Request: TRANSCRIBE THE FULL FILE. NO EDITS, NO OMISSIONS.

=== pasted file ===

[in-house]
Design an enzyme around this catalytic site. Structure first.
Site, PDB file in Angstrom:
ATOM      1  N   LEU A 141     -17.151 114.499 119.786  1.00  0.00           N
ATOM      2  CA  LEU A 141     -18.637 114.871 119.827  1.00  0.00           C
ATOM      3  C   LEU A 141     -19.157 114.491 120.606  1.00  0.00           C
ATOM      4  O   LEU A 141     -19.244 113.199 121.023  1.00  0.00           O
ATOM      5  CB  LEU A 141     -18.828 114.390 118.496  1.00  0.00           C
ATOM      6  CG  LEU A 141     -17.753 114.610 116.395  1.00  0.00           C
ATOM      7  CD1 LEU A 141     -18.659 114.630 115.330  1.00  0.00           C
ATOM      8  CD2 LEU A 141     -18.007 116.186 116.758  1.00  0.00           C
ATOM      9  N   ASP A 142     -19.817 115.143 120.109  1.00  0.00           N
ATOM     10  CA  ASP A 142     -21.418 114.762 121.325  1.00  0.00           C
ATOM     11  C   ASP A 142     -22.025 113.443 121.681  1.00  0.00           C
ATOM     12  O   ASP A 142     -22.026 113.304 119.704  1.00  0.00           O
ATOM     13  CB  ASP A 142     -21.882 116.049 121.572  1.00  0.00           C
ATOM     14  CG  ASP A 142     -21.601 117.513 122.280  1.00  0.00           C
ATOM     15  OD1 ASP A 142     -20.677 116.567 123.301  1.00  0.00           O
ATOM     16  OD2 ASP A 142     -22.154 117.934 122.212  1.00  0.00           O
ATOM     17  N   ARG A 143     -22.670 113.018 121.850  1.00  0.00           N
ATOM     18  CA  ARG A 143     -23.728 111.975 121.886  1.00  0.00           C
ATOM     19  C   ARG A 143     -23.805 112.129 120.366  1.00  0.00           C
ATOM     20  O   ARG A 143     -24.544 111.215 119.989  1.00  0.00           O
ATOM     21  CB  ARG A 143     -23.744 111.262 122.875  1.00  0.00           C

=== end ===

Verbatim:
[in-house]
Design an enzyme around this catalytic site. Structure first.
Site, PDB file in Angstrom:
ATOM      1  N   LEU A 141     -17.151 114.499 119.786  1.00  0.00           N
ATOM      2  CA  LEU A 141     -18.637 114.871 119.827  1.00  0.00           C
ATOM      3  C   LEU A 141     -19.157 114.491 120.606  1.00  0.00           C
ATOM      4  O   LEU A 141     -19.244 113.199 121.023  1.00  0.00           O
ATOM      5  CB  LEU A 141     -18.828 114.390 118.496  1.00  0.00           C
ATOM      6  CG  LEU A 141     -17.753 114.610 116.395  1.00  0.00           C
ATOM      7  CD1 LEU A 141     -18.659 114.630 115.330  1.00  0.00           C
ATOM      8  CD2 LEU A 141     -18.007 116.186 116.758  1.00  0.00           C
ATOM      9  N   ASP A 142     -19.817 115.143 120.109  1.00  0.00           N
ATOM     10  CA  ASP A 142     -21.418 114.762 121.325  1.00  0.00           C
ATOM     11  C   ASP A 142     -22.025 113.443 121.681  1.00  0.00           C
ATOM     12  O   ASP A 142     -22.026 113.304 119.704  1.00  0.00           O
ATOM     13  CB  ASP A 142     -21.882 116.049 121.572  1.00  0.00           C
ATOM     14  CG  ASP A 142     -21.601 117.513 122.280  1.00  0.00           C
ATOM     15  OD1 ASP A 142     -20.677 116.567 123.301  1.00  0.00           O
ATOM     16  OD2 ASP A 142     -22.154 117.934 122.212  1.00  0.00           O
ATOM     17  N   ARG A 143     -22.670 113.018 121.850  1.00  0.00           N
ATOM     18  CA  ARG A 143     -23.728 111.975 121.886  1.00  0.00           C
ATOM     19  C   ARG A 143     -23.805 112.129 120.366  1.00  0.00           C
ATOM     20  O   ARG A 143     -24.544 111.215 119.989  1.00  0.00           O
ATOM     21  CB  ARG A 143     -23.744 111.262 122.875  1.00  0.00           C